Onward to further misery!
People start disappearing after a local drunk shoots a monster in a swamp.
There actually isn't a snarky description of this film that can top what it's really about. Drunks, yahoos and losers from a backwoods nowhere that, oddly enough has its own wildlife marshal, get seized and eaten by giant leeches. Yes, the monsters look like Glad bags come to life, yes, there's a dry, charmless white guy who doesn't do anything and yet is still the "hero," and yes, there is a point where the "hero" tells them not to destroy the monsters because it'll damage the local ecosystem. In short, this is a Roger Corman film through and through. Woo-hoo!
This was featured as episode 0406 of Mystery Science Theater 3000 and can be purchased as part of The Mystery Science Theater 3000 Collection, Vol. 6.
Beast of Yucca Flats
Tor Johnson is a Russian scientist defecting to the United States only to be attacked by KGB agents the moment his plane lands. He escapes them only to wander onto a nuclear test site where the radiation from a bomb turns him into "The Beast," a rampaging monster that kills indiscriminately.
Yikes. It has been years since I've seen this but just a peek at its Wiki page is enough to remind me not to return to it. Tor Johnson, were you ever in anything good?
This is supposedly PD, but I found records at copyright.gov saying it's still under copyright--Registration Number/Date: PA0000385906 / 1988-10-11
A newlywed couple moves into the husband's home where his new wife starts being haunted by his previous wife.
Another Gaslight-type film done a little better than Nightmare Castle even though it doesn't have Barbara Steele. Ultimately kind of weird and boring, it's most notable for the promise of the trailer: if you die while watching the film, the producers will pay for your funeral. If I get cancer, this film's going on a loop just to spite those bastards!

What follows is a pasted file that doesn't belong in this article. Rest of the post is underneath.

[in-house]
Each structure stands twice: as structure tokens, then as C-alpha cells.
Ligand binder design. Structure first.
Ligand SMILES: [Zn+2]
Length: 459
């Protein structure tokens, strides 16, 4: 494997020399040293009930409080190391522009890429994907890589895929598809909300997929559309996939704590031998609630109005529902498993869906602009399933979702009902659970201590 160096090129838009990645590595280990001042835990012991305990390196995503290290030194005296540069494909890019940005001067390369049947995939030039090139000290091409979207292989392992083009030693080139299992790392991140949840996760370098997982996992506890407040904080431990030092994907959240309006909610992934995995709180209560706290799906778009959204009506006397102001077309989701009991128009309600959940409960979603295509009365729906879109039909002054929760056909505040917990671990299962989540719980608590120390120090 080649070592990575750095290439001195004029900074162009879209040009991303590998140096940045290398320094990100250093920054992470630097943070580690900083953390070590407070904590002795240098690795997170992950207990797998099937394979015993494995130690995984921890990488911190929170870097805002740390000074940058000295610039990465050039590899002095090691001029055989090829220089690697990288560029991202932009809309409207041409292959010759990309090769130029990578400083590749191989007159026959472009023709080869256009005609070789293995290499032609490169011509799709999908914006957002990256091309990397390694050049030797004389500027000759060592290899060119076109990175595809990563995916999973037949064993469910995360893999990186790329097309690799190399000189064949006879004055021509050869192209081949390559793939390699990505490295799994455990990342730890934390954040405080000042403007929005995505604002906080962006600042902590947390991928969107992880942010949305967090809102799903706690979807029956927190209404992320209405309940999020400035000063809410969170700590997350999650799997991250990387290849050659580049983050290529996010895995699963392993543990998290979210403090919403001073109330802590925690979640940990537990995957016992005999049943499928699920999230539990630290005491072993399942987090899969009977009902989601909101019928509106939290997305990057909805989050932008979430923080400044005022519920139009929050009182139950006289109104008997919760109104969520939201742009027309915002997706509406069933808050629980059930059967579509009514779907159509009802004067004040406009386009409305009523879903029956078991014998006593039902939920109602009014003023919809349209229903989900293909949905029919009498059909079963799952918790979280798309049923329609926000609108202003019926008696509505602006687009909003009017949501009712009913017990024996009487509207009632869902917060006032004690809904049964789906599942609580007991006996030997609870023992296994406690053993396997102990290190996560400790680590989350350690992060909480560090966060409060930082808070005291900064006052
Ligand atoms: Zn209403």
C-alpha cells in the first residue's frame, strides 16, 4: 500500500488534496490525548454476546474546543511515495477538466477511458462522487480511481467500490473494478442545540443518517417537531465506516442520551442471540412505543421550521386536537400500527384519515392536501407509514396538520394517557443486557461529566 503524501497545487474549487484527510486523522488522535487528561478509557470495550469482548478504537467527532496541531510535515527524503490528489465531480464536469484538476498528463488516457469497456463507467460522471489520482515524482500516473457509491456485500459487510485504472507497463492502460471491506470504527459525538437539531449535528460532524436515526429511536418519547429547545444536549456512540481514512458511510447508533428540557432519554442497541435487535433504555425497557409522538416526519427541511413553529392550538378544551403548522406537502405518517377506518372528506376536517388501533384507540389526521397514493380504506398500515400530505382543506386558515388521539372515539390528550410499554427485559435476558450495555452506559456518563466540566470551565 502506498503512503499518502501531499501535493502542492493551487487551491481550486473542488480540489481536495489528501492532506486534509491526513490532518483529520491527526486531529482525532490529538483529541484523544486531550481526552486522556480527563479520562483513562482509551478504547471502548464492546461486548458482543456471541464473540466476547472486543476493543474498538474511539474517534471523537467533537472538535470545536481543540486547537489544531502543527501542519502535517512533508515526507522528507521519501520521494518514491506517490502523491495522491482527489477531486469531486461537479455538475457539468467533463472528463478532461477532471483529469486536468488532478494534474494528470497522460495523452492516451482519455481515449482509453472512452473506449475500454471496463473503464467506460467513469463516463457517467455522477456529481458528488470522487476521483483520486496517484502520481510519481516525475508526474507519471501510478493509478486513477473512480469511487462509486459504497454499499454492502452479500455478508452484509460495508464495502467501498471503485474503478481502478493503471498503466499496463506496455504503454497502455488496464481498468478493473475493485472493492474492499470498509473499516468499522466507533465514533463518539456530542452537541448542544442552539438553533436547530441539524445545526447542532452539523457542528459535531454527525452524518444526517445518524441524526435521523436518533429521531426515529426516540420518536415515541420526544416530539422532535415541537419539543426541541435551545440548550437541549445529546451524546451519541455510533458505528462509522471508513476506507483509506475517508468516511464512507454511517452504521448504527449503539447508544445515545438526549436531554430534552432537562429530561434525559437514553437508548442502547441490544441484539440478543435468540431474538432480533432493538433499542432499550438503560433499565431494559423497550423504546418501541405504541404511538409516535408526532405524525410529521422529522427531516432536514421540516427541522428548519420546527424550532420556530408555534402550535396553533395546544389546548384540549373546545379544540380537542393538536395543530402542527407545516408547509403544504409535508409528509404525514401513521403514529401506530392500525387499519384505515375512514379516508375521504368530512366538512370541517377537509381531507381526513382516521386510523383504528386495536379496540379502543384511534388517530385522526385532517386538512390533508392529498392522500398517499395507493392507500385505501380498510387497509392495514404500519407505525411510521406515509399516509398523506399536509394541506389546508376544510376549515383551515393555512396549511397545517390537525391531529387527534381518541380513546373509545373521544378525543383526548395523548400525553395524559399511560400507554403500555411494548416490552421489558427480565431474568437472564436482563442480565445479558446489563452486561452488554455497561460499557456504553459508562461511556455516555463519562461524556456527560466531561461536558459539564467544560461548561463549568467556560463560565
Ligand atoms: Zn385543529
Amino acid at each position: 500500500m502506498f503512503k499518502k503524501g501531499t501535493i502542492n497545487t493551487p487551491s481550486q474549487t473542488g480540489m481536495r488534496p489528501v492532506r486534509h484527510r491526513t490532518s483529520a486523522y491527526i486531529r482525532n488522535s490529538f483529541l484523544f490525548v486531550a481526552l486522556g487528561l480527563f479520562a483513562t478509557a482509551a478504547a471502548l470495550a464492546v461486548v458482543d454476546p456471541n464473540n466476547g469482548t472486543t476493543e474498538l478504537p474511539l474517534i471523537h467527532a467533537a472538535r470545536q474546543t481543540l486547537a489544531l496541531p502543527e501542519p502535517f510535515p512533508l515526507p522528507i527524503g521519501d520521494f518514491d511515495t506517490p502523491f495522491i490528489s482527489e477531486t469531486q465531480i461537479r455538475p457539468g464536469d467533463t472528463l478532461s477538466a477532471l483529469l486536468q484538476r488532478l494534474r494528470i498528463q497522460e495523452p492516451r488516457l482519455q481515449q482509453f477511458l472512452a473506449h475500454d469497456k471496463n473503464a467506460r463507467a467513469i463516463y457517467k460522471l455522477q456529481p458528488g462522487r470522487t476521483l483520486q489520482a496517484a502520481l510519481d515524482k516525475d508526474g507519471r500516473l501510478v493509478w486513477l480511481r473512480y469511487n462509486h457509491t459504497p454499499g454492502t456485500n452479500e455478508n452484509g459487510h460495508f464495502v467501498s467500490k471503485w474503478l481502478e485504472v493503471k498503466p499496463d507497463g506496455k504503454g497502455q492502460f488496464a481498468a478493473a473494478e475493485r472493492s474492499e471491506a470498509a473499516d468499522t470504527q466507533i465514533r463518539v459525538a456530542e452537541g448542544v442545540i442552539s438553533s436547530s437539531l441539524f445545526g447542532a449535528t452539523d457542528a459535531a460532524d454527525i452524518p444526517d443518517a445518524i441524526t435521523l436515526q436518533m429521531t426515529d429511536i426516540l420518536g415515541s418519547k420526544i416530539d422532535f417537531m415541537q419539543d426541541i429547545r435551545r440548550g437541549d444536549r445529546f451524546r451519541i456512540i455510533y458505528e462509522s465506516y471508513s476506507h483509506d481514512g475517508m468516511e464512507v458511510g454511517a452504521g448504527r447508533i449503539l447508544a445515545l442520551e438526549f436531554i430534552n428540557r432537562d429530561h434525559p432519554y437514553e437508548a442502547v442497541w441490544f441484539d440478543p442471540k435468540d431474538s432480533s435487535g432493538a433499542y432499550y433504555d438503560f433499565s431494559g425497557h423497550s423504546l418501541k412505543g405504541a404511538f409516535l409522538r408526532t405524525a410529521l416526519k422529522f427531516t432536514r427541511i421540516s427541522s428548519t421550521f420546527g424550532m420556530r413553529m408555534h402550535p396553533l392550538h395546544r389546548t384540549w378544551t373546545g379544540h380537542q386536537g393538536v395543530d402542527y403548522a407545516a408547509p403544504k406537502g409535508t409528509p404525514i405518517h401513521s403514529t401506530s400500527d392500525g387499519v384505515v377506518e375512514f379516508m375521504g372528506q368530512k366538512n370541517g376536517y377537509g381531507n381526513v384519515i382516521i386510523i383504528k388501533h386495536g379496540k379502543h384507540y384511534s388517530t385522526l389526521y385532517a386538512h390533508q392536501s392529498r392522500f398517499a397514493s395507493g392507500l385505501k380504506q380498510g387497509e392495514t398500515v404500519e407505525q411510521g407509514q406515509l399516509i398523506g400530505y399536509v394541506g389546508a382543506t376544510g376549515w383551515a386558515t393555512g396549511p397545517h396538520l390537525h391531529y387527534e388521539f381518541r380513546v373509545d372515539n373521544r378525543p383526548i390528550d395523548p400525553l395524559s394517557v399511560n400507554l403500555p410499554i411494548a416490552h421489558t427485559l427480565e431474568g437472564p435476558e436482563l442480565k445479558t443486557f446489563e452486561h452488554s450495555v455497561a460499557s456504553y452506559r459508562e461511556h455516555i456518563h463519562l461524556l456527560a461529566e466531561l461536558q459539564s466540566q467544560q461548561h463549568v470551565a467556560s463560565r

An ancient Cambodian method of hypnotism, a man stymied in both love and career, an army of zombies bent to the whim of a mind gone mad with jealousy and betrayal.
The movie is about a man abusing zombie powder for his own ends (as though you'd use it for anything else. "It's a floor wax!" "It's a dessert topping!"), but it takes forever to get there. The first half of the movie is spent establishing the man's devolution from a moral man to a madman intent on power. In other words, filler. The ending is an absolute cop-out, even after being foreshadowed. The movie enters so-bad-its-good territory with the rear-projection journey downriver though. That's worth the price of admission alone.
But I love the unintended messages of these films. Actual quotes: "It may mean the destruction of the white race!" "When dealing with these Orientals, you deal with fatalists. Death to them is a transition to a better life." There's this constant repetition within colonial narratives of "the end of civilization!" "the very survival of our race!" "a threat to our very way of life!" The unimaginable threat of "the other"--always cast as an utterly alien other--such that the use of machines of war and atrocities against them is justified. It must be, because otherwise the invaders, us, are patently bullies, monsters and fiends.
Fun with remixing: the ghostly eyes that appear throughout the film when the zombie power is being utilized are Bela Lugosi's from the film White Zombie, mentioned earlier.
An officer from the French Army gets lost and follows a girl to a strange castle where he finds himself in the middle of a revenge plot from beyond the grave.
Boris Karloff and Jack Nicholson in a Roger Corman film with additional direction by Francis Ford Coppola. S'alright I guess. It's a neat enough story with a twist I didn't expect, but man is it plodding.
Next time, Disc 4: 2 more Misties, 2 George Zucco films (one with 2 George Zuccos) and Boris Karloff. It... kills four or so hours.